Thursday, December 20, 2007

I said the audience was heavenly/But the traveling was hell

Ten free minutes for me, 10 free non-denial denials from 'Roidin' Roger for you . . .

1. Since sometime around, oh, the final 1/10th of a second in the loss to Detroit, I've been trying to come up with a Celtics player from the last 20 years or so who is as dumb on the basketball court as Tony Allen. (Maybe dumb is too harsh a word. Erratic? Untrustworthy? Instinctively challenged? Maddening? Nope, dumb's the word.) The best/worst I can come up with is Ray Williams, the scattershot former Knick who had a 23-game cameo with the Celts in 1984-85. Williams was ridiculously out of control - his approach to offense could be described as "jump 'n' fling" - but in a much more entertaining way than Allen, who always seems to make a mistake that everyone in the building but him sees coming. The kid does try, and he has above-average physical talent when he's knee is right, but I don't know if he'll ever overcome his negative basketball IQ. Right now, he's the basketball version of Bethel Johnson.

2. I still say Johan Santana ends up in pinstripes, once one of these repetitive reports claiming the Red Sox remain the frontrunner for the ace lefthander actually convinces Hank "Boy George" Steinbrenner to overrule Brian Cashman and include Ian Kennedy along with Philip Hughes. The Yankees need him, they can afford him, and they will get him. And frankly, I'm just fine with that.

3. Man, the Tuna just can't stay away from the action, can he? I guess that's what you should expect from someone who lives in Saratoga. I think we all agree, however, that ESPN's loss is the league's gain - the NFL is just plain more entertaining when Bill Parcells is involved. The Dolphins certainly fit his mode of operation - he always seems to take over a team that appears to be at rock-bottom, but one that owns valuable assets (in this case, Ronnie Brown and the No. 1 pick). Then, he will clean house of the miscreants, bring in a few of His Guys and savvy vets (this is the perfect home for Chad Pennington), and voila, he looks like a genius when the team goes 8-8. Hey, we never said he wasn't shrewd, and of course it'll be fascinating to watch him go head-to-head with former underling Bill Belichick these next few seasons. I'm sure it's a kick to his massive ego that some now wonder whether Belichick was the real mastermind of the Giants' two Super Bowl victories.

4. I'm not sure Gary Payton has enough left in the tank to help the Celtics on the court - I don't trust anyone older than me to play point guard in the NBA, and for all of his wisdom he might be a little too, um, direct to mentor Rajon Rondo - but it's worth remembering that he's indirectly made an immense contribution to this team already. Payton, you'll recall, was one of the players Kevin Garnett consulted while doing his legwork on Boston before deciding he'd be willing to come here, and the artist formerly known as the Glove apparently had nothing but good things to say about his time here. Hell, maybe Danny Ainge should reward him with that open roster spot for that alone.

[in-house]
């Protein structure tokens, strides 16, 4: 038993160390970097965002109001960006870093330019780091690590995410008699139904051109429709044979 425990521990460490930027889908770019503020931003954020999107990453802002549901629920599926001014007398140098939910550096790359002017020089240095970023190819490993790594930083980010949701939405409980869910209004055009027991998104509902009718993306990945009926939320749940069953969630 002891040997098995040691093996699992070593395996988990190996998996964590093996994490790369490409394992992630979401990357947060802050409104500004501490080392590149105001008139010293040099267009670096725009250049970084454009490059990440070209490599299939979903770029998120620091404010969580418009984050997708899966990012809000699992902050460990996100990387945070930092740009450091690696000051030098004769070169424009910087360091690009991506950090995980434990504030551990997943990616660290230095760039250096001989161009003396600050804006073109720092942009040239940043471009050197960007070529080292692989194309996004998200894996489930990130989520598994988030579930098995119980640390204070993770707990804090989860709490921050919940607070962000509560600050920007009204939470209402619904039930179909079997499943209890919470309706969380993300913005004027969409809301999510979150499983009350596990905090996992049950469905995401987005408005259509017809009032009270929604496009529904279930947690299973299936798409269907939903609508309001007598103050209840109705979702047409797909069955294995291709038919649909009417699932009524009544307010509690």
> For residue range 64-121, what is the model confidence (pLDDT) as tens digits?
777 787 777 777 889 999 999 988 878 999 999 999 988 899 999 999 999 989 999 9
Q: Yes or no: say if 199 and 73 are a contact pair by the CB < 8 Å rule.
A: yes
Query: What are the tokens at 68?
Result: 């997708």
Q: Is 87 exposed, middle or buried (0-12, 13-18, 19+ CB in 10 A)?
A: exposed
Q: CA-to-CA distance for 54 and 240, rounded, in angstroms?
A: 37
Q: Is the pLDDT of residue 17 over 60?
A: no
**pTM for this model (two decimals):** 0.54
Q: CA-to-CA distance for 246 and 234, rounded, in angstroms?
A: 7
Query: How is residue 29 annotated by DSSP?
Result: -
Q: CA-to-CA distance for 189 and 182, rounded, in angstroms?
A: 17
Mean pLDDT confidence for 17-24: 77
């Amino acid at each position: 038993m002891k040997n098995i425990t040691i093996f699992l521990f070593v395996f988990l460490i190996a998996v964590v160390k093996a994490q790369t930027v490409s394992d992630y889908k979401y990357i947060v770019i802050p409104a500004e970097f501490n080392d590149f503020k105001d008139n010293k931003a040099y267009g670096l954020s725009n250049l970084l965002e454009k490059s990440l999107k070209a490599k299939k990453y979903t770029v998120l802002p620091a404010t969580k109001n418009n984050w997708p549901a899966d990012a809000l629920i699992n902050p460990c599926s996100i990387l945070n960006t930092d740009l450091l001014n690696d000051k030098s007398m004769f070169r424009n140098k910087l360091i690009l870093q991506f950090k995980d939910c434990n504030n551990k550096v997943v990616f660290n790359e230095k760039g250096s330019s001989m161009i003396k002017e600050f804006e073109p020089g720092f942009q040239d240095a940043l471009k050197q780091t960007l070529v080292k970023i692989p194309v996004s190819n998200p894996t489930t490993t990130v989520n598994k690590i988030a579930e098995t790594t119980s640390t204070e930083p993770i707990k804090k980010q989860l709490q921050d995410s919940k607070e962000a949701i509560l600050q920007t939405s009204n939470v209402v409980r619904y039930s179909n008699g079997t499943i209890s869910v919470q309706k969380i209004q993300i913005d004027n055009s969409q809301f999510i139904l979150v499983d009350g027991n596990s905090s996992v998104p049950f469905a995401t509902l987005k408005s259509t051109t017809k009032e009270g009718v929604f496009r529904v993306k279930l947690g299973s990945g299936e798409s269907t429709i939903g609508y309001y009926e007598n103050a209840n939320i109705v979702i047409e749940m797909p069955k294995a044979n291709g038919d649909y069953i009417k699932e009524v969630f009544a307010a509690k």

5. Mark these words: Sportsman of the Year/Peter King Mancrush Brett Favre will cough up a hairball in a playoff game (two dumb picks, minimum), and some team (New York? Tampa Bay?) that none of the experts think can beat the Packers will. Favre's renaissance this year has been a joy to watch, but it stuns me how often he'll throw the ball up for grabs rather than hanging in there and taking a hit. The likes of King are too busy fawning over him to notice that he's not quite the gritty, gutty gunslinger he's made out to be - he's a guy with some savvy, a strong arm, an overwhelming instinct to protect his own hide, and a better supporting cast than anyone realized. That won't be enough.

6. Is there a more underrated play-by-play announcer in any sport, locally or on the national scene, than the Celtics' Mike Gorman? His unassuming style makes it very easy to take him for granted, but he's a total pro, has great pipes and an unobtrusive catchphrase or two ("Pierce . . . count it!"), and gets extra credit for keeping Heinsohn from mauling an official all these years. The only Boston play-by-play guy I enjoy nearly as much is Gil Santos, and at this point he's slipped so much that should ol' No. 80, Troy Brown, catch a pass this Sunday, I fully expect he will be identified as older No. 80, Irving Fryar.